Grand Jury Indicts State Trooper For Negligent Homicide In
The Benton County special grand jury indicted Corporal Larry Norman last Thursday for misdemeanor negligent homicide in the March 7 shooting death of 21-year-old Joseph Erin Hamley. Prosecutor Robin Green followed the panel's recommendations and charged Norman with the crime.
The grand jury was not instructed to decide whether the officer is guilty. Instead, it was asked to determine whether he should be charged with breaking the law.
Local news sources reported that Trooper Norman was arrested and then released on citation. His next hearing is set for May 22. The trooper is currently on paid leave from the department pending the outcome of the case. If convicted, he could spend up to a year behind bars. One expert hinted that Norman's attorneys might try to work out an agreement that would spare the officer any jail time.
Before making its decision, the panel of 16 jurors viewed videotaped interviews with officers who were at the scene of the shooting, including Norman, and viewed recordings from cameras installed on the squad cars. They also went to the site itself, along Highway 142, where cars were placed in the same positions and locations as the patrol cars were at the time of the shooting. A mannequin placed at the site represented Hamley's body.
According to the grand jury's report, Norman was several miles away on the morning of March 7 when he heard a radio dispatch from fellow State Trooper Wilson Short, who was trying to determine the identity of a man that matched the description of a Michigan prison escapee. Officer Short instructed Norman to block the westbound lanes of the highway in order to secure the scene and to protect motorists. Norman sped to the site, sometimes going over 100 mph, with his AM/FM radio blasting so loud he could not hear his police radio.
When Norman arrived at the scene, Trooper Short and four Washington County Sheriff's deputies had surrounded Hamley. They had their guns drawn and were taking defensive positions behind their cars. One officer mentioned that if he could get close enough to Hamley, he would use his Taser stun gun.
Instead of blocking traffic, Norman pulled up about 30 yards from the young man, pulled out his shotgun, and took a defensive position behind his car.
Hamley, who had cerebral palsy, an intellectual disability, and mental illness, followed officers' instructions to get down on the ground, but laid down on his back instead of his stomach. When the officers told him to put his hands up where they could see them, Hamley raised his hands briefly three times.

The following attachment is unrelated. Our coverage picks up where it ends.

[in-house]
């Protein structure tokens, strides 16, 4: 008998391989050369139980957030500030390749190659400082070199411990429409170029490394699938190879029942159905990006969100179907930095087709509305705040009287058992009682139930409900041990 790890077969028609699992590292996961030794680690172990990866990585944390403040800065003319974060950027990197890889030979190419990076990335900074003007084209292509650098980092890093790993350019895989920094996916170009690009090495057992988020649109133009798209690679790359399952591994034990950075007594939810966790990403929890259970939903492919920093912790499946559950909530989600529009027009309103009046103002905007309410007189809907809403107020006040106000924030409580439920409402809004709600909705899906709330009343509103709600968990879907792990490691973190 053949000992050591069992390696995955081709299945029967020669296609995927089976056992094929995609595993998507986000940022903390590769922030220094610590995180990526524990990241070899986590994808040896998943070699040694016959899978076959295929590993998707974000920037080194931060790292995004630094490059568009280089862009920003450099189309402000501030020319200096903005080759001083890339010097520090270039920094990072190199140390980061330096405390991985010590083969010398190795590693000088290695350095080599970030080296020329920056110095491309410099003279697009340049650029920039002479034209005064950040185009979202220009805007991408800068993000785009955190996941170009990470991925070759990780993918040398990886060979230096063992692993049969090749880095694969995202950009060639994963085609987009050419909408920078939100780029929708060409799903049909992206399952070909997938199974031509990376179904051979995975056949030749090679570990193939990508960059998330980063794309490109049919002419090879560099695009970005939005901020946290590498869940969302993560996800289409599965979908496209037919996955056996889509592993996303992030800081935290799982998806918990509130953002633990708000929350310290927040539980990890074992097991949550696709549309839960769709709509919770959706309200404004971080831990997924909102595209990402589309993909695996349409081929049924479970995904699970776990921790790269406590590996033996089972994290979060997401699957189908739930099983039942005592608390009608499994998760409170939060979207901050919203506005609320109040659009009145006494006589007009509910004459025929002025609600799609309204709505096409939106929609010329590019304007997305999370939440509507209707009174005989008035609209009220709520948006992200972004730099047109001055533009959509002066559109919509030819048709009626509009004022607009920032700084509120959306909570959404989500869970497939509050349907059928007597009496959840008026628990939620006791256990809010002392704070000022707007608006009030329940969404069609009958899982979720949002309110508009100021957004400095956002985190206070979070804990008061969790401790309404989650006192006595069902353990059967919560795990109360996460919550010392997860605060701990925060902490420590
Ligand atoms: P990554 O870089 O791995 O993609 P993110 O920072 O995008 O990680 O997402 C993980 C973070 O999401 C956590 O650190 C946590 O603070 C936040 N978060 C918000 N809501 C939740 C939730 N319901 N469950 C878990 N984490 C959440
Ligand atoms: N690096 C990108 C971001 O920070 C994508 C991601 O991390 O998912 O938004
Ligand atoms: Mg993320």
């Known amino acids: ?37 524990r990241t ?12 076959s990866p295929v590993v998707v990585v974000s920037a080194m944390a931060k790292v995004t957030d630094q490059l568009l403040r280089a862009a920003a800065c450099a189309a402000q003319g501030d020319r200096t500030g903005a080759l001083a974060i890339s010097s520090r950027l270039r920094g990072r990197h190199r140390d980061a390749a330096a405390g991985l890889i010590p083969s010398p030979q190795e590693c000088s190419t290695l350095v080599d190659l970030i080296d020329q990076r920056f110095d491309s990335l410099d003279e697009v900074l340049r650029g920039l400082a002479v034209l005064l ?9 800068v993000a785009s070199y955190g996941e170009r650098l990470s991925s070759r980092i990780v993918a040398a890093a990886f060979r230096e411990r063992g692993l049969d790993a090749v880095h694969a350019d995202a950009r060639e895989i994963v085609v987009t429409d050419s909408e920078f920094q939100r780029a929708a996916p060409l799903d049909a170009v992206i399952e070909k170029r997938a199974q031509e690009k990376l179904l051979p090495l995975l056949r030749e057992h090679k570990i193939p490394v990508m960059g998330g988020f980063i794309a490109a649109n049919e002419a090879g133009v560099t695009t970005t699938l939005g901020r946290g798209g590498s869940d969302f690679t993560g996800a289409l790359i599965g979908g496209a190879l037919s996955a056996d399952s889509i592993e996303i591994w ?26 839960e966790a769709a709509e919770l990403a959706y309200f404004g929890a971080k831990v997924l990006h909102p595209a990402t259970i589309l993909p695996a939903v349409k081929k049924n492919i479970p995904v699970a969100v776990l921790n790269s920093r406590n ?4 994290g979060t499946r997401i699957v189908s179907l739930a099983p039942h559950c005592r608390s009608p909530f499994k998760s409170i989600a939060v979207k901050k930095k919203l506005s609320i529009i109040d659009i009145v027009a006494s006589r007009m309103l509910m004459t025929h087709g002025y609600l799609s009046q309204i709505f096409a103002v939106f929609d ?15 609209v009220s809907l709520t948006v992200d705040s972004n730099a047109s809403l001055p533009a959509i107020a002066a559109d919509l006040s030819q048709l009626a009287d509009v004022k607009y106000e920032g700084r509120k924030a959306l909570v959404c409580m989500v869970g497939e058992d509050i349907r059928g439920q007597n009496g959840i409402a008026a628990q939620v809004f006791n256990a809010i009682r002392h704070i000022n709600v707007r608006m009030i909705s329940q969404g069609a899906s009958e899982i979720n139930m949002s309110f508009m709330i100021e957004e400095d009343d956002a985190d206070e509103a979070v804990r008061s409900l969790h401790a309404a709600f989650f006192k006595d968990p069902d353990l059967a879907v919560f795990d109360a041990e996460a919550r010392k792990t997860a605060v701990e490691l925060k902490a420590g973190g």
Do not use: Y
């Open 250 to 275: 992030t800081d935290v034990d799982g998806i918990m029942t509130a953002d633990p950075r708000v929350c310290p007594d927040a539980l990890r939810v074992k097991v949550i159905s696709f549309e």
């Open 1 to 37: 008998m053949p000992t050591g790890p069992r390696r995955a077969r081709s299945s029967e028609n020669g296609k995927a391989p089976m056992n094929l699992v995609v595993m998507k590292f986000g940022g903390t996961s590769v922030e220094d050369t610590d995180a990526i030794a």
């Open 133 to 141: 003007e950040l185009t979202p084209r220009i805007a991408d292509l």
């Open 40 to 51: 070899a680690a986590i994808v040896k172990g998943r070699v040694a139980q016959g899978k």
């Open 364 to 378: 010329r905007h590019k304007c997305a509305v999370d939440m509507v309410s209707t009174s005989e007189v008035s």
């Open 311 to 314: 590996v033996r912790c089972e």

When Norman directed him to turn over, Hamley reached across his body with one hand toward his pocket, possibly in an effort to comply with the trooper's instructions to roll over. That's when Norman shot one time, the slug hitting the pavement, then striking Hamley's arm and going into his body.
When officers approached him, Hamley moaned, saying, "I'm sorry". He then asked, "Why did you shoot me?" He died a short time later.
The grand jury made special note of the fact that Trooper Norman was on the scene for less than one minute when he shot Hamley, and that he "made no attempt to communicate with State Trooper Wilson Short or the Washington County Sheriff's deputies."
"We will note that we are extremely troubled by the lack of communication between the officers from the Arkansas State Police themselves and, too, with the Washington County Sheriff's Deputies, who were on a scrambled radio frequency," the grand jury concluded. "As a result of their lack of communication, there was no coordinated plan of action between them."
"We will also note that we are disturbed by the fact that there was no attempt to positively identify the subject prior to the shooting."
The grand jury also was concerned that the officers' microphones were either turned off or nonexistent, preventing recordings to be made of their conversations during and after the incident.
Members of Hamley's family told reporters after his death that he had trouble communicating verbally because of his disabilities, and often put his hands in his pockets when he was nervous.
The grand jury viewed several toy balls that were taken from Hamley's pockets after he was fatally shot.
Reproduced here under special arrangement
with Inclusion Daily Express international disability rights news service.